In the present instance Smith, a deputy sheriff, observed the appellant upon the streets of the town of Harper. He was driving an automobile and was under the influence of intoxicating liquor. Later the appellant came to the home of the witness and a conversation took place in which the witness was requested to accompany the appellant to the home of Mr. Whitewood in order that the baby of appellant might be seen, and that Whitewood objected. The witness called Whitewood over the telephone. He came and said that he had forbidden the appellant to come to his home; that he did not want to have anything to do with him. The witness then telephoned the sheriff, who was at the county seat, reported the matter to him, and requested that he come to Harper, which he did, in company with his brother.
The sheriff testified that he went to Harper in response to a conversation with Smith, his deputy, and was led thereby to look into the car of the appellant. The witness said he was informed by his deputy that it would be better for him to come; that there was going to be trouble between Whitworth and someone else, and in that connection said that there might be some killing going on. Night had fallen before the sheriff and his brother reached the scene, and together with Smith they searched for the appellant for some time. They finally observed his automobile and waited until he came to it. Upon his arrival the car was searched by the sheriff in the presence of the other parties mentioned and the whiskey found.
The learned trial judge regarded the evidence related by the state's witnesses as adequate to show that before making the search the sheriff was possessed of such information as would meet the measure of the law touching probable cause for belief that the automobile was used for the purpose of transporting whiskey. This court is not prepared to say that in reaching the conclusion that there was probable cause the trial judge was not justified. Under these circumstances, the result of the search was not inhibited by the articles of the statement mentioned above. Therefore, the bills of exceptions complaining of the receipt of the testimony touching the contents of the car and the exhibition of the whiskey found therein present no error.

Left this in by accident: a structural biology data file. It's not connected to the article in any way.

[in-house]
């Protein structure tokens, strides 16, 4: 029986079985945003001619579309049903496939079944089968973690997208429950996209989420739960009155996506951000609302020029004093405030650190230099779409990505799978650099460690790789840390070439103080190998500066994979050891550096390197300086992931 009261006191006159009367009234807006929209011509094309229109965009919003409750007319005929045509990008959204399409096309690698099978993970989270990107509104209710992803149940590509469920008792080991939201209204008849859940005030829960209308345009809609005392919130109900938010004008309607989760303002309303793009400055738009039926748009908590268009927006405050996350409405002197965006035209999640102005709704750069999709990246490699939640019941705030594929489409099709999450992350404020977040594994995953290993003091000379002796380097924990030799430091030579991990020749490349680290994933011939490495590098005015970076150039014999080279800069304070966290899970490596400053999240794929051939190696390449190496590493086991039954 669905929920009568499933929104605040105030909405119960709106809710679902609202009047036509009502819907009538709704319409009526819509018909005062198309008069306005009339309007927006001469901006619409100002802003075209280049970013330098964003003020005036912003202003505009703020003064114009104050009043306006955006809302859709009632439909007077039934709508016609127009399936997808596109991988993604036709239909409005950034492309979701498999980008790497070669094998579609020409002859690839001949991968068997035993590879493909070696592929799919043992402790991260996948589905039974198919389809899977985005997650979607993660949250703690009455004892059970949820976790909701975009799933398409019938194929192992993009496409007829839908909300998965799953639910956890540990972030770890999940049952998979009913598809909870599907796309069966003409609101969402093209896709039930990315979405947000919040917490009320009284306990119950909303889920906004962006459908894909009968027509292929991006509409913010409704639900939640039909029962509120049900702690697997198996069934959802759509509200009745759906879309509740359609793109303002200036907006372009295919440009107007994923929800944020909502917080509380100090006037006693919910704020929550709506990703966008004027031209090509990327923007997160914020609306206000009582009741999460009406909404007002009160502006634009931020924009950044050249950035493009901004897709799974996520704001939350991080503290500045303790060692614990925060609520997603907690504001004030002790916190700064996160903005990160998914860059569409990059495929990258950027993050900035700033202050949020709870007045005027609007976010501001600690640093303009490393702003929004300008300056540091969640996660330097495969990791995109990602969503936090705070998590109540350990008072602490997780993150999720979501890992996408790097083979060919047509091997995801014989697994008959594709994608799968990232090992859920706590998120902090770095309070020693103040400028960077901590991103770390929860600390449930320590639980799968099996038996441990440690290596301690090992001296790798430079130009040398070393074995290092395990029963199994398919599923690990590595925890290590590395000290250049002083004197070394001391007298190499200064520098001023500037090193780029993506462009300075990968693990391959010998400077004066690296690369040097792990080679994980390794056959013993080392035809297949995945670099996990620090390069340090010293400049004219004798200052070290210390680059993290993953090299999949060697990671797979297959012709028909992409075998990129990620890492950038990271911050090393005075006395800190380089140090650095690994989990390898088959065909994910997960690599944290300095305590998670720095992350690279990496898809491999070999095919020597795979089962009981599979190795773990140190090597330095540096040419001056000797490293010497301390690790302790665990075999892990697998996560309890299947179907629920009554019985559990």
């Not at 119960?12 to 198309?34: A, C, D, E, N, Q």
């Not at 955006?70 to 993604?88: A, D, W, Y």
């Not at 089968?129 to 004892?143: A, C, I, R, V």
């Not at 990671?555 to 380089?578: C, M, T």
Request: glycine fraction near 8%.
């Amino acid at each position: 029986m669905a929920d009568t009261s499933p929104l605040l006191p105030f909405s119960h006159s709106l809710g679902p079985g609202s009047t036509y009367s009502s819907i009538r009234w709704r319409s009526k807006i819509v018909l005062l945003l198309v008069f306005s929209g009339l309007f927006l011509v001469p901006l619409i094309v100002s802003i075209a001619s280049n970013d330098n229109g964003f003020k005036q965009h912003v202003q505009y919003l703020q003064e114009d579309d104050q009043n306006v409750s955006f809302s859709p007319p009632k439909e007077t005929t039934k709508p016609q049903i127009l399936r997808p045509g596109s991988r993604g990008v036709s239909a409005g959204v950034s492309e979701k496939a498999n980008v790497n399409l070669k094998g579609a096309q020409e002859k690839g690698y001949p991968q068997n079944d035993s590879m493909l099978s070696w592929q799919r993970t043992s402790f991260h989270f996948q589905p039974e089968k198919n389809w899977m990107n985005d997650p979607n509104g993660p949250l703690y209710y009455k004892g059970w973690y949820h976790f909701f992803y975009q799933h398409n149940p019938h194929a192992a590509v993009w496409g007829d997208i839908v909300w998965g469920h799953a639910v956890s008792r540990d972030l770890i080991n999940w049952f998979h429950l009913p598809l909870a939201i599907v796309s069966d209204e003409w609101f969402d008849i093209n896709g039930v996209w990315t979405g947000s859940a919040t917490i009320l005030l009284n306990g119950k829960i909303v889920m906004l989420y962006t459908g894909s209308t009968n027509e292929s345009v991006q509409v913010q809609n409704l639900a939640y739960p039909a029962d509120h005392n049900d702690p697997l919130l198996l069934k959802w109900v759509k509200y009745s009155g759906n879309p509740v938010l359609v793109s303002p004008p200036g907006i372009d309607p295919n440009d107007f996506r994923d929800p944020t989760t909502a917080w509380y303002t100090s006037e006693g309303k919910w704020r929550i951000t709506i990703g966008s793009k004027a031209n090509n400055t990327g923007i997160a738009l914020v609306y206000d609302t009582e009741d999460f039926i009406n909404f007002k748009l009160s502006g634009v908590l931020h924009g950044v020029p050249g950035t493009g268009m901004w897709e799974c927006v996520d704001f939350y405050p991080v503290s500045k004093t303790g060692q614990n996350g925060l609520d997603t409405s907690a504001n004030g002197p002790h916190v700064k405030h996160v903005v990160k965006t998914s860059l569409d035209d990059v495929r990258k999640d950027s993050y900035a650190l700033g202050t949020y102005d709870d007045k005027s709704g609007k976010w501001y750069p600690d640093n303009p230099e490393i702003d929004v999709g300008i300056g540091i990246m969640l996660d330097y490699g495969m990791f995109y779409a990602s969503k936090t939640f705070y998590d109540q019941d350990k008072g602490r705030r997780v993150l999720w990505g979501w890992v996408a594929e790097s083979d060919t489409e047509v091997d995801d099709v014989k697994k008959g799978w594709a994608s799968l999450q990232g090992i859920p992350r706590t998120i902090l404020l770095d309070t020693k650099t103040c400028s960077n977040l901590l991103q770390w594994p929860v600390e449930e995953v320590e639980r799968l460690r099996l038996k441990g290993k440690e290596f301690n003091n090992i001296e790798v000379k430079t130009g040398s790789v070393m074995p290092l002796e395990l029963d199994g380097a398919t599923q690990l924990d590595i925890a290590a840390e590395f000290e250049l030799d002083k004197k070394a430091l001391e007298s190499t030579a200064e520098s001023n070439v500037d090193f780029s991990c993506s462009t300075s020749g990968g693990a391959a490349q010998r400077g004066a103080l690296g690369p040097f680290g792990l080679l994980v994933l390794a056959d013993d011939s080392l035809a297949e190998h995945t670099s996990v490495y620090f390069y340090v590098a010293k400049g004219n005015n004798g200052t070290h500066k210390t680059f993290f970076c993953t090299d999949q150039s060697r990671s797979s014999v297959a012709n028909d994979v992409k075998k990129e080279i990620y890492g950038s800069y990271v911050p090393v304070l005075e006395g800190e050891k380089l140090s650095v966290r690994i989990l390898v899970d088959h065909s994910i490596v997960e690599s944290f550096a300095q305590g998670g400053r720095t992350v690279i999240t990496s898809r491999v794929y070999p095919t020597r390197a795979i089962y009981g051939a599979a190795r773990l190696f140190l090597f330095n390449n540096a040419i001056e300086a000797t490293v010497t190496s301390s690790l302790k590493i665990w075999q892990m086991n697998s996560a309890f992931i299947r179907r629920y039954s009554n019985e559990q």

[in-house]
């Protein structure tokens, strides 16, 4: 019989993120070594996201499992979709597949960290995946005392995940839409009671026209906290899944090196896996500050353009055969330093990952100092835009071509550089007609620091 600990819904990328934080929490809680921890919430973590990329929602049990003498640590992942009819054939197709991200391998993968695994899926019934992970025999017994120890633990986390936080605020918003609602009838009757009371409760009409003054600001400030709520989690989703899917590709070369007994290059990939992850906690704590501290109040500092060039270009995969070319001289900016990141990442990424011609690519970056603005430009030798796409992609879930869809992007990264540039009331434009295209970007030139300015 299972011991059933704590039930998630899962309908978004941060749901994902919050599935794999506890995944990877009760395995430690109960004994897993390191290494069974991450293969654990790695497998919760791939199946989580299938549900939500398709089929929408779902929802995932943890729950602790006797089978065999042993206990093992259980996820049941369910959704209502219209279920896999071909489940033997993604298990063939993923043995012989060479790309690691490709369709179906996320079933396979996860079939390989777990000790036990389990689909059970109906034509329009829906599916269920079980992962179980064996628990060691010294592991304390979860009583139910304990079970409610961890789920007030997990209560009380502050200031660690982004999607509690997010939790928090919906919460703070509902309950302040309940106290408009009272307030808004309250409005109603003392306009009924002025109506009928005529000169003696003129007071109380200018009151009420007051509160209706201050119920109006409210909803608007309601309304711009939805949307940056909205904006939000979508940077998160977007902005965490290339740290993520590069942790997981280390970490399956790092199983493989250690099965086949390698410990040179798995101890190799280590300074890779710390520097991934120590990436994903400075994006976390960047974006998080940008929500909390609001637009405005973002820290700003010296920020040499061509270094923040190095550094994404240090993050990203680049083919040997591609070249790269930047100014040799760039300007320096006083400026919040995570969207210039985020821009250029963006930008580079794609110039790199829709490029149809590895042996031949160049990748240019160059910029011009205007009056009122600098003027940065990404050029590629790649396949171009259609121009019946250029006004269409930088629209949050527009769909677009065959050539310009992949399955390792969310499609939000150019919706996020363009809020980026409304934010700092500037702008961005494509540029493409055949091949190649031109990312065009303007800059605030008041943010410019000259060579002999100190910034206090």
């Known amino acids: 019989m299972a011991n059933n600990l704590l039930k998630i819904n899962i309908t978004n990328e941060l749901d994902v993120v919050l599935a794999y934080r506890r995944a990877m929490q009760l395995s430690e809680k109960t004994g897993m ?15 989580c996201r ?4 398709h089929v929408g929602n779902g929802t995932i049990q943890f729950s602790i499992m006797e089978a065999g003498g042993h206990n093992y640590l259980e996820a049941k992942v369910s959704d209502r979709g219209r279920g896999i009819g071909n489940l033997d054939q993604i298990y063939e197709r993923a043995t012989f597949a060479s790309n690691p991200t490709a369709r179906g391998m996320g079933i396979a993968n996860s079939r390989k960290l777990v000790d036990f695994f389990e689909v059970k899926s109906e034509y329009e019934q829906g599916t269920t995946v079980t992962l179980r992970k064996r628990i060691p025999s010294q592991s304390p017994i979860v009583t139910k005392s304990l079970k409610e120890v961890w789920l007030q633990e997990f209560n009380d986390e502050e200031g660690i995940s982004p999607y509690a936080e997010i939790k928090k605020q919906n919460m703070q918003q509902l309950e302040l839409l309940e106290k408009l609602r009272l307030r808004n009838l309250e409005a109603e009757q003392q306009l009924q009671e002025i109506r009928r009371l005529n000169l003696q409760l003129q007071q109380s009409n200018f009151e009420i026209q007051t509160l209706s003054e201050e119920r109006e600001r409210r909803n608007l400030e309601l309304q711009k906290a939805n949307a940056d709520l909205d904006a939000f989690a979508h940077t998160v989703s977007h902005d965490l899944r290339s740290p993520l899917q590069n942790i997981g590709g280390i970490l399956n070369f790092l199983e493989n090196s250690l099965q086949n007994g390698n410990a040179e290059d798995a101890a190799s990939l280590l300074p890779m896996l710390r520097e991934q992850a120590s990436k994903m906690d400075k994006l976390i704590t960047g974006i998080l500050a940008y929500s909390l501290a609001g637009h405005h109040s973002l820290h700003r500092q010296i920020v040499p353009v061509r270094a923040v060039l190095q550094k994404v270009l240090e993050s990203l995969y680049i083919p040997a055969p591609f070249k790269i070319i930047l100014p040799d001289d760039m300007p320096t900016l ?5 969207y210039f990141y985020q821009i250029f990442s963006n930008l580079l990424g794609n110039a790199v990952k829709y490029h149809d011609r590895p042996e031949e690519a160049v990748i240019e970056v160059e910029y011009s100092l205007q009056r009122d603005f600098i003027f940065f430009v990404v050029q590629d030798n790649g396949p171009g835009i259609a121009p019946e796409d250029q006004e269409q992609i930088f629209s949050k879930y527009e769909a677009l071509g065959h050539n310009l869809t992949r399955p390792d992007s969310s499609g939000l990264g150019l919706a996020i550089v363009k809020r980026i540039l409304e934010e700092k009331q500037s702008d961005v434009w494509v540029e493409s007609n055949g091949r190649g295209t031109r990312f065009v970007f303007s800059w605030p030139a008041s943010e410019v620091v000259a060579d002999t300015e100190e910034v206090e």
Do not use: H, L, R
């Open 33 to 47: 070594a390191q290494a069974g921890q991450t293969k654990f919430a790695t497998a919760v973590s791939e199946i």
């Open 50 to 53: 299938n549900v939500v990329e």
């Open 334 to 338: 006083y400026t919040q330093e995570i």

In bill No. 5 complaint is made that the sheriff was permitted to state that his deputy had stated to him that there might be some killing going on. The bill is too meager to warrant consideration in that it fails to show the surrounding facts and circumstances which would lead to its proper appraisal or require an examination of the statement of facts to ascertain the relevancy of the complaint. However, an inspection of the statement of facts, a summary of which is set out above, would lead to the conclusion that the remark was a part of the conversation upon which the sheriff acted in searching the appellant's car. The appellant having interposed objection to the result of the search, it is competent to prove the relevant facts touching the knowledge or information of the sheriff upon which he acted so that the court might determine whether in making the search there existed "probable cause."
In another bill complaint is made that after the state had closed its case, and before the argument was concluded, the court permitted the introduction of the forfeiture of a bail bond by the appellant. It is discretionary with the court to permit either party to reopen the case and nothing in the bill suggests an abuse of this authority. Moore v. State, 7 Tex.Crim. App. 14; Branch's Ann. Tex. P. C., Sec. 98. We understand the law to permit the receipt of evidence of the forfeiture of a bail bond on the issue of flight. See Underhill's Crim. Ev., 3rd Ed., Sec. 203, note 44; Brown v. State, 57 Tex. Crim. 570; Cook v. State, 228 S.W. 214.
The judgment is affirmed.